Drip Irrigation in Agriculture for the exact delivery of water and nutrients

Plant growth through efficient watering 

Drip Irrigation

Drip irrigation is one of the most efficient methods in agricultural watering technology. This is because near-root, precisely targeted irrigation with minimal evaporation delivers water and nutrients to the desired point in the soil, which enhances the healthy growth of plants and increases crop yields with less water consumption.

Clean and aseptic drip irrigation components

The demand-driven drip irrigation provides consistent soil moisture and is suitable for orchards with trees and shrubs, field crops and vegetables, but also for protected crops in greenhouses. Fertilizers and nutrients can be added to the irrigation system as well. The irrigation water also serves as a carrier for the application of crop protection and pesticide products.

Over time, however, contamination and algae settle in the drip irrigation components, favoring the colonization of pathogens. Microorganisms in biofilms, which form primarily in water systems, are largely responsible for contaminating water and crops. Peroxides can be used both preventively and when deposits have already formed in the tubes of  drip irrigation systems. 

Peracetic acid is suitable to kill harmful organisms such as soft rot (Erwinia Carotovora) and brown rot (Ralstonia Solanacearum).

Peracetic acid is used for pulse cleaning of drip lines, disinfection of tools, desks and containers. After disinfection, peracetic acid decomposes into the biodegradable residues water, oxygen and acetic acid.

Hydrogen peroxide cleans the water and keeps hoses, water pipes and drippers clean and free of blockages, thus extending the service life of the irrigation system. Especially in the non-soil-based cultivation methods, the supply of oxygen to the root cells in the plants plays an important role. This is because roots influence the plant's metabolism and thus healthy growth. Hydrogen peroxide contributes to root care by supplying the root with oxygen produced by its decomposition.

The dosage of peracetic acid and hydrogen peroxide depends on the specific requirements of each application. We recommend adjusting the concentration based on appropriate microbiological tests before adding them to irrigation systems to avoid damaging plant roots.

Our Products






Reduces organic formation on open land areas and greenhouses in absence of plants


Hydrogen peroxide


Preservation of the water quality

Active substance

Peracetic acid


Disinfection of water for agricultural fields and greenhouses in presence of plants 

Active substance

Hydrogen peroxide


Acts against organic compounds in open land and in greenhouses without planting


Peracetic acid

Peracetic acid and hydrogen peroxide provide clean irrigation lines, surfaces, and equipment in greenhouses. H2O2 also infuses plant roots with oxygen, contributing to healthy plant growth.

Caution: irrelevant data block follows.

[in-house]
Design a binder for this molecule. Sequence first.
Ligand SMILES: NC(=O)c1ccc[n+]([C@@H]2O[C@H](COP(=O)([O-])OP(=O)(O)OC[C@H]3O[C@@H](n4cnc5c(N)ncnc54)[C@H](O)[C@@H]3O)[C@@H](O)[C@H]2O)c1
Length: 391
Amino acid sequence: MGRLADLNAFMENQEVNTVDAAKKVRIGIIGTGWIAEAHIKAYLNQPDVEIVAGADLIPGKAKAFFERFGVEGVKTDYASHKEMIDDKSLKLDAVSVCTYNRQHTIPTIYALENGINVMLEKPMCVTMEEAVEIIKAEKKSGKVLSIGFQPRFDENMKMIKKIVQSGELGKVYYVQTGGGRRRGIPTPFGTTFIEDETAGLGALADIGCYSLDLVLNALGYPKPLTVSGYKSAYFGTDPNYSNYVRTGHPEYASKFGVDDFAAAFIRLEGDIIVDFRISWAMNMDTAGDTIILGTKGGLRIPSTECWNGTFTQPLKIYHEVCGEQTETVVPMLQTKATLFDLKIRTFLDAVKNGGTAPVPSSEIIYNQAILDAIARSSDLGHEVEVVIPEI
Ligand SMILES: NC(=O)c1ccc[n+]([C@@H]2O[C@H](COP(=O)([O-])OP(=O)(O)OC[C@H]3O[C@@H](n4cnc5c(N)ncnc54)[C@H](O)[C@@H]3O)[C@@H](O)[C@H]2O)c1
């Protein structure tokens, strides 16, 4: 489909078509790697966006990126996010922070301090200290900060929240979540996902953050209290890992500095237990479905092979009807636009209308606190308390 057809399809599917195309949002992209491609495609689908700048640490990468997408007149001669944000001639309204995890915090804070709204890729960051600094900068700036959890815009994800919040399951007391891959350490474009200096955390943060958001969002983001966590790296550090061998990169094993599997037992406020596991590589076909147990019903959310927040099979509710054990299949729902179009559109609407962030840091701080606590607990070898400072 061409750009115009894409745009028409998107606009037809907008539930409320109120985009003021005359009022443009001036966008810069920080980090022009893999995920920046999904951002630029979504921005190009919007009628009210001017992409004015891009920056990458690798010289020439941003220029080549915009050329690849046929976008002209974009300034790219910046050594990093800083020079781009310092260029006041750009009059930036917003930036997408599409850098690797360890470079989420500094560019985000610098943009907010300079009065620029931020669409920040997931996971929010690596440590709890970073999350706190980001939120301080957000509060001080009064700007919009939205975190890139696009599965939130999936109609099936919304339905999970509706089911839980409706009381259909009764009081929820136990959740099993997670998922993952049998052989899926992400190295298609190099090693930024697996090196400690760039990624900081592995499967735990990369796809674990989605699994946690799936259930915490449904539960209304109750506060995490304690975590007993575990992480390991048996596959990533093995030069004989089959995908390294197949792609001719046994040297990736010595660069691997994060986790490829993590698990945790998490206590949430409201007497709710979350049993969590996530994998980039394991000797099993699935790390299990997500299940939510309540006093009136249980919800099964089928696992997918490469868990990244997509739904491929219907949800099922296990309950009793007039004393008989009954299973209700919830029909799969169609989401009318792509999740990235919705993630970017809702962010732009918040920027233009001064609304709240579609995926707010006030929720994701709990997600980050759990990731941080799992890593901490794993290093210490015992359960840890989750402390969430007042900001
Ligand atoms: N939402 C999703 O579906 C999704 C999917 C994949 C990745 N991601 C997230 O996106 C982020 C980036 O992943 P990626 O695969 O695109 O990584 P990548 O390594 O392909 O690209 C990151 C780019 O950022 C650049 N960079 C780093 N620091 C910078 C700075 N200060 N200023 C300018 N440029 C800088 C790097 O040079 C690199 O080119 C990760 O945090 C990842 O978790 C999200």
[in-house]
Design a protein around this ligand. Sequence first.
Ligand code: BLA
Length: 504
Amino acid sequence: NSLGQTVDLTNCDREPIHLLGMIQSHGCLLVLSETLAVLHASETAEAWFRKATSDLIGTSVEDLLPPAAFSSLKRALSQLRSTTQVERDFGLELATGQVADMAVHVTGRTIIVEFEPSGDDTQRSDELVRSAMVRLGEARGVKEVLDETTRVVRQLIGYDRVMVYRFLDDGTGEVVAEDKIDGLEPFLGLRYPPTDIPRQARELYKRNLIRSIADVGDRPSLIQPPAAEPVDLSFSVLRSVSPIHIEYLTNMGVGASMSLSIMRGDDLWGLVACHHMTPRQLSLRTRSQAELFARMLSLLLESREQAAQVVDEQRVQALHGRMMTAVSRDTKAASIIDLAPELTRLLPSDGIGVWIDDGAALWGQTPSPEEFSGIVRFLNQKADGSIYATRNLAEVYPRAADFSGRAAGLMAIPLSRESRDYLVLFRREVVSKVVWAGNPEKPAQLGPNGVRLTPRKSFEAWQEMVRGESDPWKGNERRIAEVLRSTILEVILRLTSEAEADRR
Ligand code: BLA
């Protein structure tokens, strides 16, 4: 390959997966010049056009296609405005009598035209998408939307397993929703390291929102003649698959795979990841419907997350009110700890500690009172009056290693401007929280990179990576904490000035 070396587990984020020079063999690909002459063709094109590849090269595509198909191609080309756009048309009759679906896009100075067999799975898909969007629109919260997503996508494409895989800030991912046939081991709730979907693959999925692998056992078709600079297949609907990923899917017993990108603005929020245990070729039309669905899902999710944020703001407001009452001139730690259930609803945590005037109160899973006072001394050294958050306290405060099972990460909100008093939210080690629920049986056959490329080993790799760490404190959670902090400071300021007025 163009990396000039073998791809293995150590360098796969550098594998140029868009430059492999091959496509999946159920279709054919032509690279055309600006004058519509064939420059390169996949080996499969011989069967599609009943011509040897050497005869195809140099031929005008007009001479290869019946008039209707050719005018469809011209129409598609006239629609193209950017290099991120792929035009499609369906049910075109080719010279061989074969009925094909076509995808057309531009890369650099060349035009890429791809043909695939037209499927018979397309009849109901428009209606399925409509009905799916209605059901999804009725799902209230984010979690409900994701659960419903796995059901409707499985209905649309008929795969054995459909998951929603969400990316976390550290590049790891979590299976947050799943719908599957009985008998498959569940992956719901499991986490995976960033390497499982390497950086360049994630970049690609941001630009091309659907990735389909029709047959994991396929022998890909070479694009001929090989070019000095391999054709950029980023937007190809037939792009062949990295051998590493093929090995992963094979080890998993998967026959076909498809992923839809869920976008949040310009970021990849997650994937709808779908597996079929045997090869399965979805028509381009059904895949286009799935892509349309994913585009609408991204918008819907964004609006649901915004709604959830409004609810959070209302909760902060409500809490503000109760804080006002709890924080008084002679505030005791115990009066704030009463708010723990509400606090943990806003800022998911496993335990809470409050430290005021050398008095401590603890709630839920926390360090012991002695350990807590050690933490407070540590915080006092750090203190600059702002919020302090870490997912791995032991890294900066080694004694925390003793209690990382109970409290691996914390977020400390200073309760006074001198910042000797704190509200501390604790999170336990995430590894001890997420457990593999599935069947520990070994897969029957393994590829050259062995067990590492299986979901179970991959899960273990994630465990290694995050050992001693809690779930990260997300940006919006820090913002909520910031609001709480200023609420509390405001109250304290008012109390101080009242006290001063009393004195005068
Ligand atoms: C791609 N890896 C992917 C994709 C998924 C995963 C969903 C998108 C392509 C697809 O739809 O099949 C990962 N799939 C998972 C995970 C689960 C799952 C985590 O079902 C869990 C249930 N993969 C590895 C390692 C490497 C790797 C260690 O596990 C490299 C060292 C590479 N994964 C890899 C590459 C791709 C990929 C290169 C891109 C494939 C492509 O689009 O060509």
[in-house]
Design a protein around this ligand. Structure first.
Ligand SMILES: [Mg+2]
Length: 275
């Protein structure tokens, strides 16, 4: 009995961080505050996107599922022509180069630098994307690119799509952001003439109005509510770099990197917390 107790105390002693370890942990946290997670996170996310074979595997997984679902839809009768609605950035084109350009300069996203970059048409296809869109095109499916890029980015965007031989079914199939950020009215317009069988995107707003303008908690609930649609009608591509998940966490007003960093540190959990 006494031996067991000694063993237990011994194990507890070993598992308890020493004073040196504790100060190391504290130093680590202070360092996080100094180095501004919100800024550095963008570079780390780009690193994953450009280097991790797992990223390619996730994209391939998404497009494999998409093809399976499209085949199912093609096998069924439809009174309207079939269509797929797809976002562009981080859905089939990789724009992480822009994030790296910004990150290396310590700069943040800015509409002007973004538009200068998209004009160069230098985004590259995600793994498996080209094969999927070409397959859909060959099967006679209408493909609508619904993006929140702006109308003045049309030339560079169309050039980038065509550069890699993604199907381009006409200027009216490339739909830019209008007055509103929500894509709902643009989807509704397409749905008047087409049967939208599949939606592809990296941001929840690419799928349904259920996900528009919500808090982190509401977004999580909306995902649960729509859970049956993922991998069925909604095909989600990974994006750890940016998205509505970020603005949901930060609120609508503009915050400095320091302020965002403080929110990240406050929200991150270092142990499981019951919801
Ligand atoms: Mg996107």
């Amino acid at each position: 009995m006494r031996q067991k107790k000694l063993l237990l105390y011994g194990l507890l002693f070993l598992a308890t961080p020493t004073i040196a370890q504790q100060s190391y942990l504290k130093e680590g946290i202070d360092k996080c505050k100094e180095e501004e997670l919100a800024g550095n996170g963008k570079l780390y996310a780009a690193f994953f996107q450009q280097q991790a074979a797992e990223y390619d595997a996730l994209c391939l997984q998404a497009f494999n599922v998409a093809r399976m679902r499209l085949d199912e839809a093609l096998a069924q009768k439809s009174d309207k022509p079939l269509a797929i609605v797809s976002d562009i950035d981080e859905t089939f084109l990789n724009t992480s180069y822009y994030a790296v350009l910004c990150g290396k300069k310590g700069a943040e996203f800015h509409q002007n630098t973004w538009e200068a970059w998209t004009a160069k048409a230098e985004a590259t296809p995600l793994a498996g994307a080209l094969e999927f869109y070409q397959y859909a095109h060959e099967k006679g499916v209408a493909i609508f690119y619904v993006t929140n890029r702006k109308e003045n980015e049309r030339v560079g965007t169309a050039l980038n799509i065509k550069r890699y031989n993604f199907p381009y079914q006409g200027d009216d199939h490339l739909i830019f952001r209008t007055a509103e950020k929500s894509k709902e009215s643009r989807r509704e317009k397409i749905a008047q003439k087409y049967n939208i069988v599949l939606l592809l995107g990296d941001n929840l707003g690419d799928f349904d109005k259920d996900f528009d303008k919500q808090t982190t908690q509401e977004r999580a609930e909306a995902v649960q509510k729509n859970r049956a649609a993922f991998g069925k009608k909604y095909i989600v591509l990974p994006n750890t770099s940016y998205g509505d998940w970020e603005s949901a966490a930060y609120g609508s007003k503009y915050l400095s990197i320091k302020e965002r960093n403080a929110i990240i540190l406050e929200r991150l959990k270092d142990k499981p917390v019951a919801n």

Peracetic acid and hydrogen peroxide provide clean irrigation lines, surfaces, and equipment in greenhouses. H2O2 also infuses plant roots with oxygen, contributing to healthy plant growth.

Sustainability aspects of drip irrigation

Facing a growing world population, decreasing water resources and more years with heat waves and related crop failures, the reduction of water consumption and innovative cultivation methods adapted to climate change are becoming more and more important in agriculture and horticulture. 

Drip irrigation systems combined with aquaculture enable high water use efficiency and nutrient supply, which have a positive impact on plant growth. Our peracetic acid and hydrogen peroxides serve as oxidizers and disinfectants that contribute to plant health and a long useful life of irrigation systems.

Learn more about our sustainability strategy!

Sustainable greenhouse cultivation methods

Many vegetable and fruit species are often grown in greenhouses because they receive more humidity and heat than in field crops. Essentially, soil-based, the aeroponic, aquaponic, and hydroponic growing methods are used in greenhouses. The soil-based cultivation method is most similar to crop cultivation in the open field.

In the hydroponic system, plants are grown in mineral nutrient solutions without the use of soil. In the aeroponic method, the root system develops freely, with exposed roots taking up nutrients through spraying and water misting. Aquaponic systems allow resource-efficient production of vegetables in combination with aquaculture. Fish excretions provide nutrients to the plants.

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